The History of the Word "Okay/OK" And Why The World Uses It

By Karen Harris
Chou "An" Chun-An makes an "okay" sign with his hand at the League of Legends World Championship in San Francisco. (Photo by Colin Young-Wolff/Riot Games via Getty Images)

"Okay" is one of those words that is so much a part of our vernacular that we hardly give it a second thought, but where did it come from? There are a number of theories, from Civil War–era biscuits to ancient languages, but the truth is that it was probably a silly joke among 19th-century yuppies.

Text-Speak In The Pre-Texting Era

In the late 1830s, the young, educated elites thought it was uproariously funny to intentionally misspell words, which then became acronyms that they used for slang. For example, "no go" became "know go" and then "K.G." It was oddly similar to the text-speak abbreviations that we use today, e.g. B.R.B. and O.M.G. The only difference was that only an inner circle of those in the know (or "no," as the case may be) were in on the gag.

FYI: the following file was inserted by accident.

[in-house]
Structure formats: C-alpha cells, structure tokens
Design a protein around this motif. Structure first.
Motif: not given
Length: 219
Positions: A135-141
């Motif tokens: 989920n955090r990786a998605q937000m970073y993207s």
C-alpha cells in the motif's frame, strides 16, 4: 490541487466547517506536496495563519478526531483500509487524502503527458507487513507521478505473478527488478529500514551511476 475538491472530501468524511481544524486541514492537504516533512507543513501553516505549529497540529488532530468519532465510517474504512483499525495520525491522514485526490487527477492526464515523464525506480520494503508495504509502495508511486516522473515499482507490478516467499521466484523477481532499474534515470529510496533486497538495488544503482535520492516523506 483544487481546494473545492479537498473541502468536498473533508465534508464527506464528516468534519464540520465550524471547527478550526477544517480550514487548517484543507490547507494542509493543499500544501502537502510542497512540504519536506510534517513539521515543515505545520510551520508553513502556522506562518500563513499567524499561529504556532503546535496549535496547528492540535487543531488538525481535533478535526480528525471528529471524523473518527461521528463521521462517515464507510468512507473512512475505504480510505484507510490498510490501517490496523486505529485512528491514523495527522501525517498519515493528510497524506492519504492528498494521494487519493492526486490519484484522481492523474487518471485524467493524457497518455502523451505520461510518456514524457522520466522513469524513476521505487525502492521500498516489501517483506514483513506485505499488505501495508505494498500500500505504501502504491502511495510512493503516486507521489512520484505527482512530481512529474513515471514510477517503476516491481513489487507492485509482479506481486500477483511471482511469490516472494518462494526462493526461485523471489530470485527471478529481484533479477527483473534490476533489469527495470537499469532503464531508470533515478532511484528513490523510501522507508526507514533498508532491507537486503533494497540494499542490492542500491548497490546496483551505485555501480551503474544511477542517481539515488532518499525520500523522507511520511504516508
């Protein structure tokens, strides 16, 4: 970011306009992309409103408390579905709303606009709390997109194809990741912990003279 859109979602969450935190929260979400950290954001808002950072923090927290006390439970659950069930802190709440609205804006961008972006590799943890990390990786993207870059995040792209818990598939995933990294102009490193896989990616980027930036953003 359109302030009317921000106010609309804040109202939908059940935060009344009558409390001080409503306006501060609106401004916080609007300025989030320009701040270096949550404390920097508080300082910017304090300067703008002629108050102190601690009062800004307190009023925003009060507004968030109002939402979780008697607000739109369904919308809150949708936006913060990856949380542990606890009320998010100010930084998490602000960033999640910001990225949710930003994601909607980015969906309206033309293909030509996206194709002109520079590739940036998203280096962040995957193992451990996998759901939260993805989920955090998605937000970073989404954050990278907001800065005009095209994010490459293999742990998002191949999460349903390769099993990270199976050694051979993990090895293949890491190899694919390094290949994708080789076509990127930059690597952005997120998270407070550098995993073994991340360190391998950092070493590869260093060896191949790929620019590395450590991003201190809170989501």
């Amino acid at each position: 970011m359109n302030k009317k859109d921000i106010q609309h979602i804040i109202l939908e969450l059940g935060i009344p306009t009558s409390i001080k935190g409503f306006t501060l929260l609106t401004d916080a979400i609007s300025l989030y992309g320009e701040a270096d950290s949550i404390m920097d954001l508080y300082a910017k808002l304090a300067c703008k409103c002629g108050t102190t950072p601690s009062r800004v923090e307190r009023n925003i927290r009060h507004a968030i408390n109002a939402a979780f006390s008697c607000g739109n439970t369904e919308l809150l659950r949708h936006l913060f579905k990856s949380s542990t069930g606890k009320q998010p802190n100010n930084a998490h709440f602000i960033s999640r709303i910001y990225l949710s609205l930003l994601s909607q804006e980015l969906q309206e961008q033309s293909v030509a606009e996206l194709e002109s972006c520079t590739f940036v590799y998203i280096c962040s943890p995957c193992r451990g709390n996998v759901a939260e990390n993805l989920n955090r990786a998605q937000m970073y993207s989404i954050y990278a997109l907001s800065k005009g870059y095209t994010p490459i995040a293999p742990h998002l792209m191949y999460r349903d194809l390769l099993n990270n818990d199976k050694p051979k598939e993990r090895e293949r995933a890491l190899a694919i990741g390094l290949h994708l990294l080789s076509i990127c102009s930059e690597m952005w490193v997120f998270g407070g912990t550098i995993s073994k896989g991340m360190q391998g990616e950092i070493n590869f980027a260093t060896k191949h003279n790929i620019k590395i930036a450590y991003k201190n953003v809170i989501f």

Charles Gordon Greene, editor of the Boston Morning Post, was one such hip youth. On March 23, 1839, he ended a short article in the newspaper with the letters "o.k." next to the words "all correct," apparently intended to convey the humorous misspelling "oll korrect." By the end of the year, the acronym was a linguistic phenomenon.